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This article was published 8/2/2013 (1180 days ago), so information in it may no longer be current.
Directed by Hugh Hartford
3 1/2 stars out of five
The competitive ping pong on view in this Brit documentary does not resemble the sport as played by youthful Olympians who stand about 10 feet away from the table, smashing and darting like tennis players.
The reason for that? The film's subjects are all over the age of 80.
But the movie doesn't patronize or cutesy up its senior subjects. Indeed, the viewer is awed into a kind of respect for these close-to-the-table athletes, including an Englishman named Les D'Arcy who, at 89, trains by lifting weights and cuts an impressive figure in the ping pong arena.
His sometime partner Terry Donlon, 81, is no less impressive. Having battled cancer for years, he occasionally has to stop play to rest his arms on the table, gasping for breath.
One fears director Hugh Hartford's camera will witness his collapse and demise any minute. But he soldiers on. And one can't help but be impressed. Many of the players depicted here may actually be flirting with death as they take on the rigours of a ping pong event in China.
One female competitor says she would rather die at the ping pong table than die in a hospital. You have to respect that.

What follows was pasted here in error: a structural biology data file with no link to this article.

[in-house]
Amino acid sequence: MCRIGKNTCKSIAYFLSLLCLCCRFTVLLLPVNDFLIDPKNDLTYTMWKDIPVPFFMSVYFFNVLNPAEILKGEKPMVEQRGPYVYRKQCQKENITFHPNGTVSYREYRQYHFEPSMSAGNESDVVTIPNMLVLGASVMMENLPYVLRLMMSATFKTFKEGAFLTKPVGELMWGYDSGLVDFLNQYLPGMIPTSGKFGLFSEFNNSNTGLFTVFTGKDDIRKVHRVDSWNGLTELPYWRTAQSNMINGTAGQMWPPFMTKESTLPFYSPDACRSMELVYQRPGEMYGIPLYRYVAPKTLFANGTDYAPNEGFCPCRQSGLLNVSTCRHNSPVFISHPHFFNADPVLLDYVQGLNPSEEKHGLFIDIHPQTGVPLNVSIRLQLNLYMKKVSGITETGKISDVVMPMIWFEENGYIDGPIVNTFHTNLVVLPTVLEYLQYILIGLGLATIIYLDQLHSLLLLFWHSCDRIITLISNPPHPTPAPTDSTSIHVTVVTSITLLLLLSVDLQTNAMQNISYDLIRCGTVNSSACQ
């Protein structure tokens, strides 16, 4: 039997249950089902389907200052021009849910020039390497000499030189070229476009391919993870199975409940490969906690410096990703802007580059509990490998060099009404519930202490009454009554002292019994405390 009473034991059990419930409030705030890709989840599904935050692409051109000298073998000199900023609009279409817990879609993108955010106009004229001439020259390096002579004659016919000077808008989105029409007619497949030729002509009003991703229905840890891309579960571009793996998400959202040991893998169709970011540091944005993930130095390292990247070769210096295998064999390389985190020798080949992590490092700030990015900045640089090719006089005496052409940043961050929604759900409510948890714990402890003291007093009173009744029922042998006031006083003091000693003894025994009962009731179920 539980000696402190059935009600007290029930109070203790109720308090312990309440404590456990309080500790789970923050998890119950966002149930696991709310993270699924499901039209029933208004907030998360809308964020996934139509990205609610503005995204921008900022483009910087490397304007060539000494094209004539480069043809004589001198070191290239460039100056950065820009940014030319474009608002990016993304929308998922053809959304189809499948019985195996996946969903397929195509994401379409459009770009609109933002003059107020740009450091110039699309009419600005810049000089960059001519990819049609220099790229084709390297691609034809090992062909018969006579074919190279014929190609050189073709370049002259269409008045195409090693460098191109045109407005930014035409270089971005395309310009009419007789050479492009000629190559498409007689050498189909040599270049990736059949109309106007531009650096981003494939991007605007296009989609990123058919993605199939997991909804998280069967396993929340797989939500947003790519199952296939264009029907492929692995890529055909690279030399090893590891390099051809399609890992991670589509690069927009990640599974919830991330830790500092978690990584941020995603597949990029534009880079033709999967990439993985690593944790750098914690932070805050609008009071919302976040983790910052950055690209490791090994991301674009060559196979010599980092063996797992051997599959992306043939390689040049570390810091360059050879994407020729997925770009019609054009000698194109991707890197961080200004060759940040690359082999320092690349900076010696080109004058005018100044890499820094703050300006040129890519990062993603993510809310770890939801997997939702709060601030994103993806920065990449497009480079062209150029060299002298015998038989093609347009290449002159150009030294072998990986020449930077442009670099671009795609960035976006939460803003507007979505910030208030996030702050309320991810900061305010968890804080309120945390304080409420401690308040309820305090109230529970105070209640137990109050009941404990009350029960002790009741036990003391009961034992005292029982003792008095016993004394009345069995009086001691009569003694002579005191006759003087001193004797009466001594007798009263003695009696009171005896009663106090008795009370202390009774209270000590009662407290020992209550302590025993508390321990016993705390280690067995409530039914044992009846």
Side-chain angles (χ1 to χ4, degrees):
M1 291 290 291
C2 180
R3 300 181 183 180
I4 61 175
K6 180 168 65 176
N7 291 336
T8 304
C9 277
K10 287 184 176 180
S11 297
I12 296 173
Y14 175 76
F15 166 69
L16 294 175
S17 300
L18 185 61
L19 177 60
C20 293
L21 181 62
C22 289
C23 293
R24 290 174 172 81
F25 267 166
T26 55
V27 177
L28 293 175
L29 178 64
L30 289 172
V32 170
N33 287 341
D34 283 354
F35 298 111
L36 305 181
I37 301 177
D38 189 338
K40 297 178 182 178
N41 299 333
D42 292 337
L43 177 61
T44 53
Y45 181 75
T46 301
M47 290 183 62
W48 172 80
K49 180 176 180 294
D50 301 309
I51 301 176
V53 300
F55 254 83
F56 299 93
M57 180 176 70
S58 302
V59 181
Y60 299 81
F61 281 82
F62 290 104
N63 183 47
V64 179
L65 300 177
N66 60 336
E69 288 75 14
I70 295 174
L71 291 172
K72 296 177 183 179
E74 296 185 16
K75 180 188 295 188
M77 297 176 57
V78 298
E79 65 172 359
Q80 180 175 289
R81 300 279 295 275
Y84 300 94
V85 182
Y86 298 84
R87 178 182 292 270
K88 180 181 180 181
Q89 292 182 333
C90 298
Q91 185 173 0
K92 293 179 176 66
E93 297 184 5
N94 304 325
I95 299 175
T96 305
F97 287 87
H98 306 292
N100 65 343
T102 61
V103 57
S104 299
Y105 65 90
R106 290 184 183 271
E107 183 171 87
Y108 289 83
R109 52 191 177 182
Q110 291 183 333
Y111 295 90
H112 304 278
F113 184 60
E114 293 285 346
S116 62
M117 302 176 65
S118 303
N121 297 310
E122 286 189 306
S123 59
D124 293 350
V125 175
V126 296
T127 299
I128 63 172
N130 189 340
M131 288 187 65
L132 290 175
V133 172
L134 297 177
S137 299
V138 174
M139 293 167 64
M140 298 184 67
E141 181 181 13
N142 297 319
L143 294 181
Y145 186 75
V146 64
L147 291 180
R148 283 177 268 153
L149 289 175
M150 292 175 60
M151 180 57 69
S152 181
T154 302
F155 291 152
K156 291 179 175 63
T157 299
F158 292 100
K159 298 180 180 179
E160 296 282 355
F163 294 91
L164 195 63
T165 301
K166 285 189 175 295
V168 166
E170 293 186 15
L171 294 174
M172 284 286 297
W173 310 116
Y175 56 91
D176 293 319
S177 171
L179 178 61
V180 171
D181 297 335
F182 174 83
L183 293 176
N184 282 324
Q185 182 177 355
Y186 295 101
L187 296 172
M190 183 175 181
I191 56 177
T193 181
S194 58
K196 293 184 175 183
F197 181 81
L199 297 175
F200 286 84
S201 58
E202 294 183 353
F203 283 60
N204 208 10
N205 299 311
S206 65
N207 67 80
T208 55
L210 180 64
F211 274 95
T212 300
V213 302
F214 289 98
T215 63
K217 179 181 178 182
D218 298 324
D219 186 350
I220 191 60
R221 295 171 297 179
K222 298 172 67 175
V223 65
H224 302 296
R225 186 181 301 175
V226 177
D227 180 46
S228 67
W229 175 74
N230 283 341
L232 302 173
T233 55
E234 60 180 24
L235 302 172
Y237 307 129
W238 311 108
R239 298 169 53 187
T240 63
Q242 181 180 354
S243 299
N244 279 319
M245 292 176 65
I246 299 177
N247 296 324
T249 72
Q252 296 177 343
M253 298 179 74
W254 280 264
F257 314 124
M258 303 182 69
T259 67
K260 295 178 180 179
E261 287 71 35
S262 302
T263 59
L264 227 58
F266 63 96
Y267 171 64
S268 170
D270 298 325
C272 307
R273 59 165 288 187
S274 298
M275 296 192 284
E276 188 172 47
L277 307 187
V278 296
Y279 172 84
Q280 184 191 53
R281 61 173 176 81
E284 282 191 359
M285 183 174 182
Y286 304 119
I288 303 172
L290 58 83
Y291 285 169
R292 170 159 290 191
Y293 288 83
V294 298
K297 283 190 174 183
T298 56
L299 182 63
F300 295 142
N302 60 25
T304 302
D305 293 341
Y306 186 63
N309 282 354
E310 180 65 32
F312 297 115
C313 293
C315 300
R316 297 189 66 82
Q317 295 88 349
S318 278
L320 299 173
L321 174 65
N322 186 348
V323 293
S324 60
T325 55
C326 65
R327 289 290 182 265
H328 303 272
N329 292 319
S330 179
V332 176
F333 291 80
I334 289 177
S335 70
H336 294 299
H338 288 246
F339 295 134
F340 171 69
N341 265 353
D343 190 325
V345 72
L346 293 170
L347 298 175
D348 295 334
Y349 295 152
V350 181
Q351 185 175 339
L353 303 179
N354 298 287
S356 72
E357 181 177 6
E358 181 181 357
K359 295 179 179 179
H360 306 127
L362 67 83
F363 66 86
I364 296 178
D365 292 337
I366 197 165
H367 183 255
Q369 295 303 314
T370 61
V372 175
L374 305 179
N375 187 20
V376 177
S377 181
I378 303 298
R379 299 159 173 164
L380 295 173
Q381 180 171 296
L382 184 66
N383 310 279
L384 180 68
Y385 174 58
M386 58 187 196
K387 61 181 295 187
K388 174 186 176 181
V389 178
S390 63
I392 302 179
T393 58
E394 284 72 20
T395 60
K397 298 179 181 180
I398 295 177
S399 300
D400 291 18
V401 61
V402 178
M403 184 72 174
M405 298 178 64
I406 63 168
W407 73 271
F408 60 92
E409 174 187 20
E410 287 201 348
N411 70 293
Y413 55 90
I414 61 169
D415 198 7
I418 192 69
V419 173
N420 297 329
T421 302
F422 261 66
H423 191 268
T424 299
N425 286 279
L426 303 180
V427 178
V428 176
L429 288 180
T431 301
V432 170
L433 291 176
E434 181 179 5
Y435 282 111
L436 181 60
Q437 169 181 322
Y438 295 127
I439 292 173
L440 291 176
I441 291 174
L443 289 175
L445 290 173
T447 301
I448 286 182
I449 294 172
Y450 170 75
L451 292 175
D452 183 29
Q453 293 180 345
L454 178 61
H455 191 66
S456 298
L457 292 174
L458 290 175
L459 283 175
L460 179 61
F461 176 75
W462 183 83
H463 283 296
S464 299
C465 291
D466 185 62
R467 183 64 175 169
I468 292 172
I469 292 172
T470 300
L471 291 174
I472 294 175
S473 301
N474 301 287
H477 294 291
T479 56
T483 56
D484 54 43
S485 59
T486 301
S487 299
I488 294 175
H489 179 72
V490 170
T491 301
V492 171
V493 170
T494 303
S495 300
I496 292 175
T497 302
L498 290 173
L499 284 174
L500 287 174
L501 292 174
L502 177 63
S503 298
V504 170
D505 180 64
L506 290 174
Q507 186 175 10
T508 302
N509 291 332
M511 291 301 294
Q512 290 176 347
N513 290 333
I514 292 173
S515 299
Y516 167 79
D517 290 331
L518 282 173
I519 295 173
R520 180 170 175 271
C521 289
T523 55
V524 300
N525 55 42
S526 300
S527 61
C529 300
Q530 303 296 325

Hartford's subjects are a diverse lot. One 85-year-old woman named Lisa Modlich, from Houston, seems a particularly aggressive competitor, given to trash-talk. One is inclined to dislike her until she discusses her history, which includes working for the French Underground during the Second World War.
Perhaps the most inspirational reason to see the film is a German woman named Inge Hermann whose late-in-life passion for the game may have helped reverse a bout with dementia.
Less inspirational but still perversely admirable: an 80-year-old gent from inner Mongolia who refuses to quit smoking.
Ping Pong isn't really a movie about ping pong. It's a movie about aging gracefully, and it teaches by example.
Selected excerpts of reviews of Ping Pong.
This is not a film about ping pong; this is a film about living in the moment and not being afraid of your own mortality, and it puts anyone who's ever complained about a sore joint to shame.
-- Liz Beardsworth, Empire
"By the time they have worked their way up to the finals, you are emotionally invested enough in each of their stories you are genuinely caught up in the often fierce competition."
-- Rob Salem, Toronto Star